Friday, December 19, 2014

The Shangri-Las - "Out in the Streets" (1965)

The wordless chant at the beginning, in G# minor while the song proper is in D major. An objet d'art.

Jeff Barry and Ellie Greenwich concocted this one. The other ladies start the verse out, but it's an uneven six bars. Part two is lead singer Mary Weiss and it goes a full eight bars like a self-sustaining unit, including a refrain line at the end. Deceptive use of a secondary dominant chord back to the tonic.

Beautiful stuff, but the bridge is what makes this a little symphony for the kids. In the verse (or refrain line at the end), Weiss only makes it once as high as B natural, cutting through so sharply: "His heart is out in the stree-eets." Movement higher is delayed once by the second verse; they have to ascend this once more.

Then, the drum roll. And the strings sweep into the key of F major as Weiss hits C natural.

HE grew up on the sidewalk
STREET-light shining above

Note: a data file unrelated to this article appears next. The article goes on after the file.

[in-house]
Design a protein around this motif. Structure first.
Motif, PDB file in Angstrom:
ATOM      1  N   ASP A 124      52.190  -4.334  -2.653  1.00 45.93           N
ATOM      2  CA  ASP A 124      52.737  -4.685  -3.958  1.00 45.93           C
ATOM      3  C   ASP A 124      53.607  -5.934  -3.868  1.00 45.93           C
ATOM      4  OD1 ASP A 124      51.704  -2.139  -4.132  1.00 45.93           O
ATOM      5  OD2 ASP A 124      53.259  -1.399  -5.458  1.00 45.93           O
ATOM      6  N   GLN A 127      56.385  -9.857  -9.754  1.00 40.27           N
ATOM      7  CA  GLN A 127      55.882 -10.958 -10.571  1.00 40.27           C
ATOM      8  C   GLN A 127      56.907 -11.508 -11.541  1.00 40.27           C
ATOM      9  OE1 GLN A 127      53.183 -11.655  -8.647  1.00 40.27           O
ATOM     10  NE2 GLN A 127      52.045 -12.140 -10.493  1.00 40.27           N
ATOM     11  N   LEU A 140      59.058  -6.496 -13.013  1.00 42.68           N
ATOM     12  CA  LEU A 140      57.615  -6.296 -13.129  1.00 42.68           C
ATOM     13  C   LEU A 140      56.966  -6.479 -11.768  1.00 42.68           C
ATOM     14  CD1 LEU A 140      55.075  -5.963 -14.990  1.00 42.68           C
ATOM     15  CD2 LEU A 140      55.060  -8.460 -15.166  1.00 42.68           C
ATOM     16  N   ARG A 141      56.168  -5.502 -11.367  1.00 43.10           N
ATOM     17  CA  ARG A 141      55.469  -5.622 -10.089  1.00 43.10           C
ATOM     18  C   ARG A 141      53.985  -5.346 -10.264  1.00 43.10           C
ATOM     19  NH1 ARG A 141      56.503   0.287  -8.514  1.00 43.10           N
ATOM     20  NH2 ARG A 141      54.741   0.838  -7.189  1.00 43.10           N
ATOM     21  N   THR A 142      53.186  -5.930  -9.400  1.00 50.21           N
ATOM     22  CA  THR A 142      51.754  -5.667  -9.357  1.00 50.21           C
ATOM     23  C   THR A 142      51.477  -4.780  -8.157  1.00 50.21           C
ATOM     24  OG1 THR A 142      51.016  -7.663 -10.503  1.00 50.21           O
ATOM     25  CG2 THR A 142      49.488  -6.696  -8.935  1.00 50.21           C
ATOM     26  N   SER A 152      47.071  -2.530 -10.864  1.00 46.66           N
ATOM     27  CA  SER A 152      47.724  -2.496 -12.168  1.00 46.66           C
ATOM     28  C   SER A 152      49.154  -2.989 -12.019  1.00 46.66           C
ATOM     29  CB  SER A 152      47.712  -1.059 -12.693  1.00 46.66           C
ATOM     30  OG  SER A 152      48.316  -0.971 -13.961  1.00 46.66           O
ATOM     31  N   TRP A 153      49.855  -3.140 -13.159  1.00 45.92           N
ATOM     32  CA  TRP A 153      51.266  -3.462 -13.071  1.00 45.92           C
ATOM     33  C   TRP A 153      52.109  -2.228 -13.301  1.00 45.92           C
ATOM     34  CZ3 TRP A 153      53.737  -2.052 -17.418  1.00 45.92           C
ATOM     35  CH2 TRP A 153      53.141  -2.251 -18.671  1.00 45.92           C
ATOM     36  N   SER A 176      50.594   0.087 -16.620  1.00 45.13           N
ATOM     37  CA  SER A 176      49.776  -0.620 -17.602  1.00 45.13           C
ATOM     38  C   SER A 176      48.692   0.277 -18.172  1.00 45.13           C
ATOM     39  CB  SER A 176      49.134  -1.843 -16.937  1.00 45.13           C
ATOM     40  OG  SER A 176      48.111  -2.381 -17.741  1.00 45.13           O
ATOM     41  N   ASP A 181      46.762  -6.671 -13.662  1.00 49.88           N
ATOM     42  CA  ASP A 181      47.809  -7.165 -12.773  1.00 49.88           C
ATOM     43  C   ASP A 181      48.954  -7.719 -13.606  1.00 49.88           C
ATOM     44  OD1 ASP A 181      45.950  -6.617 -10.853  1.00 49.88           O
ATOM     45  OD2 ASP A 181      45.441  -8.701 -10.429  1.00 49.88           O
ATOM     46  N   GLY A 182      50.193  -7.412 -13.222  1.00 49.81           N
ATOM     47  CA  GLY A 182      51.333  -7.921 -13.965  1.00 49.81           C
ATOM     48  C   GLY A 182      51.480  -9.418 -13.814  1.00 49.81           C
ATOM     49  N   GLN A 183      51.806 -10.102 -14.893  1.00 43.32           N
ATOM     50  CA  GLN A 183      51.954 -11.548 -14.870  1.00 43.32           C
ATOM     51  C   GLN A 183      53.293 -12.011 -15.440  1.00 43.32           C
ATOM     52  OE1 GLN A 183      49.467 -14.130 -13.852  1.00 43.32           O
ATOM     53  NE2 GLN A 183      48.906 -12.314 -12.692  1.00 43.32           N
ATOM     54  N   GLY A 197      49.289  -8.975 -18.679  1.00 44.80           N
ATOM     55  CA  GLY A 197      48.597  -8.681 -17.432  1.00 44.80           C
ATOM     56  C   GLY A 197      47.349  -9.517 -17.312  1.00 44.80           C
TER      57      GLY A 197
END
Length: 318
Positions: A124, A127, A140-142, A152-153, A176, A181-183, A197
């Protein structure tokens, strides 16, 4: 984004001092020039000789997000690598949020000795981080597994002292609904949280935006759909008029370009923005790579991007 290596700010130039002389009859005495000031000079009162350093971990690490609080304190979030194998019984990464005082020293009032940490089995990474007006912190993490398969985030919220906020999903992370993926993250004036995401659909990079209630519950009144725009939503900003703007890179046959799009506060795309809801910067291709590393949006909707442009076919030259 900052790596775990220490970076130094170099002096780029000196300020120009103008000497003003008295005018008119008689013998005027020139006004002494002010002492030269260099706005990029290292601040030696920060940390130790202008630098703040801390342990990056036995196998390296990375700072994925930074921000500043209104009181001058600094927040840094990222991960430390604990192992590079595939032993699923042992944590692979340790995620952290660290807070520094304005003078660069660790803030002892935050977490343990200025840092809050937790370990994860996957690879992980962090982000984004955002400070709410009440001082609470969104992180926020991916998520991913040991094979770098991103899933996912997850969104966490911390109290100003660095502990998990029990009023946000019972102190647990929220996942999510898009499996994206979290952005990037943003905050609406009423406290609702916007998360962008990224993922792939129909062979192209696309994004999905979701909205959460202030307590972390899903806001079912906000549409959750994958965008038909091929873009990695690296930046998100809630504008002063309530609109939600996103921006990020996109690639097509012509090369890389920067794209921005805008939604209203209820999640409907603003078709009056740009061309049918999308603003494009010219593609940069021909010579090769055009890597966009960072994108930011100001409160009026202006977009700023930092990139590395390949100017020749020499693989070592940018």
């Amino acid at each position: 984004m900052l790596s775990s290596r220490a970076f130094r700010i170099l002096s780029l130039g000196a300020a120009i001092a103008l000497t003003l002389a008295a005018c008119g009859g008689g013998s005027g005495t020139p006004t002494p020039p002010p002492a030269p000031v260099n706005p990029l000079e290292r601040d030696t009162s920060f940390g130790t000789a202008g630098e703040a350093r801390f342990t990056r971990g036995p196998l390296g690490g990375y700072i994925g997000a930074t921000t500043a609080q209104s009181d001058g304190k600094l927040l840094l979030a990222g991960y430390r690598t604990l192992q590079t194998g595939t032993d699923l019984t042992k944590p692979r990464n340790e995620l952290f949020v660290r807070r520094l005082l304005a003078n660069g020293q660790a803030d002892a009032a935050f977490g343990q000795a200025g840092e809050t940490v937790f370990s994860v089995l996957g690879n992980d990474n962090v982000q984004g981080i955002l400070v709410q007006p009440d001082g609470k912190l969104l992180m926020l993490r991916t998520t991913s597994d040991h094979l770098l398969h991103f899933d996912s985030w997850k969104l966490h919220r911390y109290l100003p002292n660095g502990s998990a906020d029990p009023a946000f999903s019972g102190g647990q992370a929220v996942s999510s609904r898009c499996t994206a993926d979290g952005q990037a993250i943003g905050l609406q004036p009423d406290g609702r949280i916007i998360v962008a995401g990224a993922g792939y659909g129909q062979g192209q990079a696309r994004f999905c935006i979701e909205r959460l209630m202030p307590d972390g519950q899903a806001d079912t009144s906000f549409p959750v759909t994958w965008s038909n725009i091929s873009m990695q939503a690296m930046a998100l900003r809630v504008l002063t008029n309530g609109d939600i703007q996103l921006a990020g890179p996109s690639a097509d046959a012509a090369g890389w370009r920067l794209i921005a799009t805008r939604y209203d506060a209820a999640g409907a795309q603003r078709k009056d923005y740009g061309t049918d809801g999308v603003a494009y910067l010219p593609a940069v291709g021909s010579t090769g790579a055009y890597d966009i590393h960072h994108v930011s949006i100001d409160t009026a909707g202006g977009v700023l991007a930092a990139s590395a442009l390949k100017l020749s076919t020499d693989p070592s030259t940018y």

HE grew up with no one to love

HE grew up on the sidewalk
HE grew up runnin' free
HE grew up and then he met me

Monday, December 15, 2014

Angels and Airwaves - "Tunnels" (2014)

This song is really rooted on the tonic note. First verse eight bars, second verse is six interrupted by an extension. I guess you could call it a bridge. The melody starts on the third there, but quickly deflates down to that tonic.

More verses afterward, but now he's singing it an octave higher. And so it builds, slightly more involved melodies, running through that extension once again. Eight lines ending with the beautiful symmetry of those six-syllable lines that come at the end and then...POW!

The chorus! There, at 2:14, no longer anchored by the root. They've earned that higher plateau on the third scale degree now. Not eight bars and they're done; there's more to say. 16 bars, 44 seconds, and that beautiful, surprising internal rhyme at the end.

Repeat because they've earned that, too.